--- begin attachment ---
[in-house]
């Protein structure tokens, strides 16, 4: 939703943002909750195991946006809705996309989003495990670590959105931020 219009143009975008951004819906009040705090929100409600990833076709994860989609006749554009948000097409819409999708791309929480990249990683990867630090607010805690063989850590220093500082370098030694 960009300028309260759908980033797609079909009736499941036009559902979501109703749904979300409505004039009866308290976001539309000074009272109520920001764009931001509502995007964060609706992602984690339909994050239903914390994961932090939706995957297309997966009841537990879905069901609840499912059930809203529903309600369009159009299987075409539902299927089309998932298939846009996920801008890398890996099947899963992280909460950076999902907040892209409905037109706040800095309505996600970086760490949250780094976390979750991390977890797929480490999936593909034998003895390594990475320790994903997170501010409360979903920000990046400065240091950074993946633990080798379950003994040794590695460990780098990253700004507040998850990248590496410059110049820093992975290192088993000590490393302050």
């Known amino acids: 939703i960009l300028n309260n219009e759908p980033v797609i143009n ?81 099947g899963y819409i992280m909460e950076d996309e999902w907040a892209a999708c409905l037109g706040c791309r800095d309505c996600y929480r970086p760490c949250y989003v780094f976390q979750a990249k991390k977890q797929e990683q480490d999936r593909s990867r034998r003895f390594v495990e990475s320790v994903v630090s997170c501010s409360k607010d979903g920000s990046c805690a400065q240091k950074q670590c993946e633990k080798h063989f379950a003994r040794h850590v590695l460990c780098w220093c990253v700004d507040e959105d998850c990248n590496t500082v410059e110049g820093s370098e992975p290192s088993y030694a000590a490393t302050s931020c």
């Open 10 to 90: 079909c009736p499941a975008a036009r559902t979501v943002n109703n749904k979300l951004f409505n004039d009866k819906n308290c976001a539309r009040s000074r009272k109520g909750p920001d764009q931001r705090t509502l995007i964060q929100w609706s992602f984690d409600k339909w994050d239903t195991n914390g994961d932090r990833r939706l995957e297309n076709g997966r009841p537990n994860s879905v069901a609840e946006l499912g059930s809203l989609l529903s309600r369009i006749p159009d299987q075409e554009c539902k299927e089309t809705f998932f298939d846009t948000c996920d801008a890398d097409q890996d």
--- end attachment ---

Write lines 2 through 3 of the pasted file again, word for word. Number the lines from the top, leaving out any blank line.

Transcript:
């Protein structure tokens, strides 16, 4: 939703943002909750195991946006809705996309989003495990670590959105931020 219009143009975008951004819906009040705090929100409600990833076709994860989609006749554009948000097409819409999708791309929480990249990683990867630090607010805690063989850590220093500082370098030694 960009300028309260759908980033797609079909009736499941036009559902979501109703749904979300409505004039009866308290976001539309000074009272109520920001764009931001509502995007964060609706992602984690339909994050239903914390994961932090939706995957297309997966009841537990879905069901609840499912059930809203529903309600369009159009299987075409539902299927089309998932298939846009996920801008890398890996099947899963992280909460950076999902907040892209409905037109706040800095309505996600970086760490949250780094976390979750991390977890797929480490999936593909034998003895390594990475320790994903997170501010409360979903920000990046400065240091950074993946633990080798379950003994040794590695460990780098990253700004507040998850990248590496410059110049820093992975290192088993000590490393302050």
């Known amino acids: 939703i960009l300028n309260n219009e759908p980033v797609i143009n ?81 099947g899963y819409i992280m909460e950076d996309e999902w907040a892209a999708c409905l037109g706040c791309r800095d309505c996600y929480r970086p760490c949250y989003v780094f976390q979750a990249k991390k977890q797929e990683q480490d999936r593909s990867r034998r003895f390594v495990e990475s320790v994903v630090s997170c501010s409360k607010d979903g920000s990046c805690a400065q240091k950074q670590c993946e633990k080798h063989f379950a003994r040794h850590v590695l460990c780098w220093c990253v700004d507040e959105d998850c990248n590496t500082v410059e110049g820093s370098e992975p290192s088993y030694a000590a490393t302050s931020c």